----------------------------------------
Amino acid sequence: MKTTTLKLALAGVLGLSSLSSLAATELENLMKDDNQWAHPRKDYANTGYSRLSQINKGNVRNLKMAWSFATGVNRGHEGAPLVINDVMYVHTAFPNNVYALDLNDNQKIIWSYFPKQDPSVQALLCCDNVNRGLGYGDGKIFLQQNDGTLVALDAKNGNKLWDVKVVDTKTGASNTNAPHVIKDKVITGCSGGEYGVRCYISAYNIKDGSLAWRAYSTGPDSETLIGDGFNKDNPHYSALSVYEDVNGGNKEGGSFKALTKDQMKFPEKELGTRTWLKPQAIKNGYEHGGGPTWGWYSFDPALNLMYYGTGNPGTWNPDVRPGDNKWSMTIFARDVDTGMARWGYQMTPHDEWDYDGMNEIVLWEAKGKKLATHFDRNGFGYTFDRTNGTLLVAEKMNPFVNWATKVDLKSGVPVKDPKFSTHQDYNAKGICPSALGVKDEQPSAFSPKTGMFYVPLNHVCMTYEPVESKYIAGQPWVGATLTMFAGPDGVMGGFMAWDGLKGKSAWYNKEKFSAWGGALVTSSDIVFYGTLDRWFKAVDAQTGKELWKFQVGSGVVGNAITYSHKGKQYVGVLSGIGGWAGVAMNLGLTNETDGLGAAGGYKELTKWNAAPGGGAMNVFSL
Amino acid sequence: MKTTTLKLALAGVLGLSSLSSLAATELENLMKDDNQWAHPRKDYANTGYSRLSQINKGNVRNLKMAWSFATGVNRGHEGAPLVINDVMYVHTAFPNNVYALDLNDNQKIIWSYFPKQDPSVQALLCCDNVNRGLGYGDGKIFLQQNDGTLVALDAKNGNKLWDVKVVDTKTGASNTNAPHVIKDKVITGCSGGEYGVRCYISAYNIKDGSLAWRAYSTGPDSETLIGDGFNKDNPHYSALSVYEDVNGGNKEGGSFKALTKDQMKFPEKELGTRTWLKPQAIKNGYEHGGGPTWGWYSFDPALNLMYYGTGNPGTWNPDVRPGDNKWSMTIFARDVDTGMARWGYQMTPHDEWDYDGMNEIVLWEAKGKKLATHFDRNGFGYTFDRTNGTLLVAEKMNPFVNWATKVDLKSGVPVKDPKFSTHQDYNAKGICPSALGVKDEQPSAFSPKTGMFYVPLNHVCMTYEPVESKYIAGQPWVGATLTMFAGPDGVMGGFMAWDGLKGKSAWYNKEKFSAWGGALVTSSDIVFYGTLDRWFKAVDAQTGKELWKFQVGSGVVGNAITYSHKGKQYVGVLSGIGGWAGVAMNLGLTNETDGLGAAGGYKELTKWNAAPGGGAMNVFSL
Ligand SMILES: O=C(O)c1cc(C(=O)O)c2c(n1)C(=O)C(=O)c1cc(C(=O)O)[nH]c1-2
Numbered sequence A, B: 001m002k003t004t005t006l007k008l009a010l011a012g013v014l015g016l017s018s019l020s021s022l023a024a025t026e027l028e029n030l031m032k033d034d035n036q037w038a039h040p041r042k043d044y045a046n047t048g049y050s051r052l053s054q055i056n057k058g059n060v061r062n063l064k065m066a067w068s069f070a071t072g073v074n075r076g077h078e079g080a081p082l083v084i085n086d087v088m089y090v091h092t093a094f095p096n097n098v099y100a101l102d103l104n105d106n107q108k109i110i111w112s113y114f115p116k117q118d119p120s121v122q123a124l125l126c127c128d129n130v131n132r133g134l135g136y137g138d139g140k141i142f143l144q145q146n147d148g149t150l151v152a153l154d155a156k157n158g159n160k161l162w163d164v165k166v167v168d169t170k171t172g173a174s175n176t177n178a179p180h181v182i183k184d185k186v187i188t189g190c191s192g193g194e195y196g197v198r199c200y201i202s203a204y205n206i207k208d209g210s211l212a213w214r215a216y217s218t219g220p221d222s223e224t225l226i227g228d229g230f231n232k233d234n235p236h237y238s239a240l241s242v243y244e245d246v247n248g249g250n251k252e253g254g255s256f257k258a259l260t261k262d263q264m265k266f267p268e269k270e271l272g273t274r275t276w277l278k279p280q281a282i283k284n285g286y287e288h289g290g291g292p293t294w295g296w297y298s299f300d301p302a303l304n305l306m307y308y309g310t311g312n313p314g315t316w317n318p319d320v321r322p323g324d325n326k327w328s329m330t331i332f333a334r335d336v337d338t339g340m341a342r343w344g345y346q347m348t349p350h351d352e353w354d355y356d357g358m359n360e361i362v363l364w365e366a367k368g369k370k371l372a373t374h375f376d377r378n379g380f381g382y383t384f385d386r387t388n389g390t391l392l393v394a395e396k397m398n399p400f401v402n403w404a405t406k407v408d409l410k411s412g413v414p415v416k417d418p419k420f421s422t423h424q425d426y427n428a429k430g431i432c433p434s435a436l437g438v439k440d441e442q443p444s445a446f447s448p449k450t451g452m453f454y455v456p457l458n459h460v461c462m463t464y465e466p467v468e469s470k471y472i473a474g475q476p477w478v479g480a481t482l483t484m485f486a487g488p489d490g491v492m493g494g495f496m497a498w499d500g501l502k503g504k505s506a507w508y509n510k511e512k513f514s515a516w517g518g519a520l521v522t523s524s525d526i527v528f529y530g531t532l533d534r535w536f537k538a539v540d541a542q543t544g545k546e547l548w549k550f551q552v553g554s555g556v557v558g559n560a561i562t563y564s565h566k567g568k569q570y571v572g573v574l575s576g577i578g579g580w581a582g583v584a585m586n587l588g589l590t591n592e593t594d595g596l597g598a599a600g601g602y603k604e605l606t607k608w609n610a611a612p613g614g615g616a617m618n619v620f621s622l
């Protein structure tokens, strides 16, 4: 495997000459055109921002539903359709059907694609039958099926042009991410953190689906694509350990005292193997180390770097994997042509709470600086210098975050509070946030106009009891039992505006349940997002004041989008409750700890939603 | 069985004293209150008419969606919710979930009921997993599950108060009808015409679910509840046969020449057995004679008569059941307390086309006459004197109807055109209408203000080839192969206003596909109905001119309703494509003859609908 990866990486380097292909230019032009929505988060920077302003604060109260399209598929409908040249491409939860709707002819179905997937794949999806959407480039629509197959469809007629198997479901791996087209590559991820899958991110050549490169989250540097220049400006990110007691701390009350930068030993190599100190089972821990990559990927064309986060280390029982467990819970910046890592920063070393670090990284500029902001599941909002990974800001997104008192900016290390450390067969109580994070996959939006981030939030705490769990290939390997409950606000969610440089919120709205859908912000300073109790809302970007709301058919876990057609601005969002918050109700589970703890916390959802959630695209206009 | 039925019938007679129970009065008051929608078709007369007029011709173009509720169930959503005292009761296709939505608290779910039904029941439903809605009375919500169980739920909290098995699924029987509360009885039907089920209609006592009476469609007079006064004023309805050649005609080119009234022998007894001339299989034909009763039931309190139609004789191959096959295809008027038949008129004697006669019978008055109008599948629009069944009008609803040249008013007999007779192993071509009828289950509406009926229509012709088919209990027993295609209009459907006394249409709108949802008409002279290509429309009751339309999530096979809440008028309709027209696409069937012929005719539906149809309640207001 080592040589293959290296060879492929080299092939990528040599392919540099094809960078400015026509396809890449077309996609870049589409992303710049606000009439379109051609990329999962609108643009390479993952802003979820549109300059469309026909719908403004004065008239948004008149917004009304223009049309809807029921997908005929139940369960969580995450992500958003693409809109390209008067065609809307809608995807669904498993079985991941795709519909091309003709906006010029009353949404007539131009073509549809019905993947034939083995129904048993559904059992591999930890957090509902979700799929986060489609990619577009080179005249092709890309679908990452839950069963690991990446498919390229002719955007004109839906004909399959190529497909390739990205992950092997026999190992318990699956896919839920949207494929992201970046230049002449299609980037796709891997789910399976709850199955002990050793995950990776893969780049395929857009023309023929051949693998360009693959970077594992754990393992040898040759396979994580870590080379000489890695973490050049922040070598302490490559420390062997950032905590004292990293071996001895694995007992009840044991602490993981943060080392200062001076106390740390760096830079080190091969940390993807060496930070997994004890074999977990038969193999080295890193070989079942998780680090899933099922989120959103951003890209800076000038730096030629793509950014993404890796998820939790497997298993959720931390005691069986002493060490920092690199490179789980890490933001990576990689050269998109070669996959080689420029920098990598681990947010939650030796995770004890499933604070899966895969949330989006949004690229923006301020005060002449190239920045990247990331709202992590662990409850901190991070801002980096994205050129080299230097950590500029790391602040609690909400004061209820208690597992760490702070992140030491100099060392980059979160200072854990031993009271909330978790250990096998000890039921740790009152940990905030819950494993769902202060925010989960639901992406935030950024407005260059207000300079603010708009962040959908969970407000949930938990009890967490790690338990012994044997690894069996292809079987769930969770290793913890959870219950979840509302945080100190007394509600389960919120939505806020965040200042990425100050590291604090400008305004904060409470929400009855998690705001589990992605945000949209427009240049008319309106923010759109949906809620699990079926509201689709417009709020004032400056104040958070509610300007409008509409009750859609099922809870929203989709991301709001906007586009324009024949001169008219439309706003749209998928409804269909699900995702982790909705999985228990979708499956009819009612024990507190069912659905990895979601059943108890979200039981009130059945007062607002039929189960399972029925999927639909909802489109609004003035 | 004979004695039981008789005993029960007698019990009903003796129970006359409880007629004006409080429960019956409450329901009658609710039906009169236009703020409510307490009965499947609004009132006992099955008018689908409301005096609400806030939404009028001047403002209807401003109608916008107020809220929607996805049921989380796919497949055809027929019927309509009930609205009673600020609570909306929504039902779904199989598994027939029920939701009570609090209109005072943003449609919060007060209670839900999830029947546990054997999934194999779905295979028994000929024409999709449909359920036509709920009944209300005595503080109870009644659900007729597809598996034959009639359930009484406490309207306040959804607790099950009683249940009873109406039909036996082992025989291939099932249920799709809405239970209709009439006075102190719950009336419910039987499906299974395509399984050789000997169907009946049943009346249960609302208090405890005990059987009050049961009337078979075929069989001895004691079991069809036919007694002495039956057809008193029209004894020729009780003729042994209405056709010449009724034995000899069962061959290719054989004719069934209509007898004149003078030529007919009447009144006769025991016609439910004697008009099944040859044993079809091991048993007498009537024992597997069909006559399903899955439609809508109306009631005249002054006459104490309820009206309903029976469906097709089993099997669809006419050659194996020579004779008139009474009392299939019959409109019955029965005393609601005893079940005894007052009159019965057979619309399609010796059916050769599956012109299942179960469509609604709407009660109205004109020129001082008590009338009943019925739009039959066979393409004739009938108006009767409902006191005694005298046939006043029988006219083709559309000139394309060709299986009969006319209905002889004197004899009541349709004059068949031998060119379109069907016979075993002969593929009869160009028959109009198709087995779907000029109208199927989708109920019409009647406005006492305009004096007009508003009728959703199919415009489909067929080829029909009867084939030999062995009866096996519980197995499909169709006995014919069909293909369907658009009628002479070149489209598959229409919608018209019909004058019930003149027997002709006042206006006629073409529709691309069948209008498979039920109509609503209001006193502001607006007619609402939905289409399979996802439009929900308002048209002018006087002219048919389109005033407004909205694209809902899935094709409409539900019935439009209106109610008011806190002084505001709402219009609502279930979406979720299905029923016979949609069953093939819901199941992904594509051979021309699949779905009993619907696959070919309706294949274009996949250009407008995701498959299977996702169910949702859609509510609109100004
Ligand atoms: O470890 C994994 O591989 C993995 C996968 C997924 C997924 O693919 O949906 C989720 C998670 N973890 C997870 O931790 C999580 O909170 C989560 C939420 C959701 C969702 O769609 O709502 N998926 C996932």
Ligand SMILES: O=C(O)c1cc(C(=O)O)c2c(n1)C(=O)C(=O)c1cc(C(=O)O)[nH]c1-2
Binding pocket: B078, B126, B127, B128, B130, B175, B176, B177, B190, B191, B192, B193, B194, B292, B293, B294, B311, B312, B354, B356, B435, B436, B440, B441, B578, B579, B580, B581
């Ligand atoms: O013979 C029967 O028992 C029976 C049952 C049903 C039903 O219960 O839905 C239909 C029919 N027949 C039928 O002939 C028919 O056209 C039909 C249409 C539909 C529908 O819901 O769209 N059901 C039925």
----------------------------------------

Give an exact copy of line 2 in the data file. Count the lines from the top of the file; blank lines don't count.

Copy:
Amino acid sequence: MKTTTLKLALAGVLGLSSLSSLAATELENLMKDDNQWAHPRKDYANTGYSRLSQINKGNVRNLKMAWSFATGVNRGHEGAPLVINDVMYVHTAFPNNVYALDLNDNQKIIWSYFPKQDPSVQALLCCDNVNRGLGYGDGKIFLQQNDGTLVALDAKNGNKLWDVKVVDTKTGASNTNAPHVIKDKVITGCSGGEYGVRCYISAYNIKDGSLAWRAYSTGPDSETLIGDGFNKDNPHYSALSVYEDVNGGNKEGGSFKALTKDQMKFPEKELGTRTWLKPQAIKNGYEHGGGPTWGWYSFDPALNLMYYGTGNPGTWNPDVRPGDNKWSMTIFARDVDTGMARWGYQMTPHDEWDYDGMNEIVLWEAKGKKLATHFDRNGFGYTFDRTNGTLLVAEKMNPFVNWATKVDLKSGVPVKDPKFSTHQDYNAKGICPSALGVKDEQPSAFSPKTGMFYVPLNHVCMTYEPVESKYIAGQPWVGATLTMFAGPDGVMGGFMAWDGLKGKSAWYNKEKFSAWGGALVTSSDIVFYGTLDRWFKAVDAQTGKELWKFQVGSGVVGNAITYSHKGKQYVGVLSGIGGWAGVAMNLGLTNETDGLGAAGGYKELTKWNAAPGGGAMNVFSL